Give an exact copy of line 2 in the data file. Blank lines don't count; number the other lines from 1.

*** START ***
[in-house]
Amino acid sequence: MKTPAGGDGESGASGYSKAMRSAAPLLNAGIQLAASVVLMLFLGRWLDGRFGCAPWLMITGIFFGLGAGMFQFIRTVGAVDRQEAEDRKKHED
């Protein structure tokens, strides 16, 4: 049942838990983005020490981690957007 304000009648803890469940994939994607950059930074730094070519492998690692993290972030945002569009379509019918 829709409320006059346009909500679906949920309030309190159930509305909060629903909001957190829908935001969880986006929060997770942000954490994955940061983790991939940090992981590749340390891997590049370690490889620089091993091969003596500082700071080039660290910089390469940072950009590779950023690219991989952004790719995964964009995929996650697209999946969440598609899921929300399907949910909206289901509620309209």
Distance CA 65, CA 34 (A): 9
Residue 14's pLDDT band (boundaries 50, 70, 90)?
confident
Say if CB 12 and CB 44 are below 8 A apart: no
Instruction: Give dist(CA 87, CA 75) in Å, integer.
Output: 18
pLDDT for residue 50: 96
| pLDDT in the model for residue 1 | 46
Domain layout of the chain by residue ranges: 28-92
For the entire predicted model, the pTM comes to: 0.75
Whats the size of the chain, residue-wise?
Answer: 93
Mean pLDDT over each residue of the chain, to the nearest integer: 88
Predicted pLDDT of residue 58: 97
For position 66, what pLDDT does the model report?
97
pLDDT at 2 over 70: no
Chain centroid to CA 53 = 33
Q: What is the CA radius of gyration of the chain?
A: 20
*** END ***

Amino acid sequence: MKTPAGGDGESGASGYSKAMRSAAPLLNAGIQLAASVVLMLFLGRWLDGRFGCAPWLMITGIFFGLGAGMFQFIRTVGAVDRQEAEDRKKHED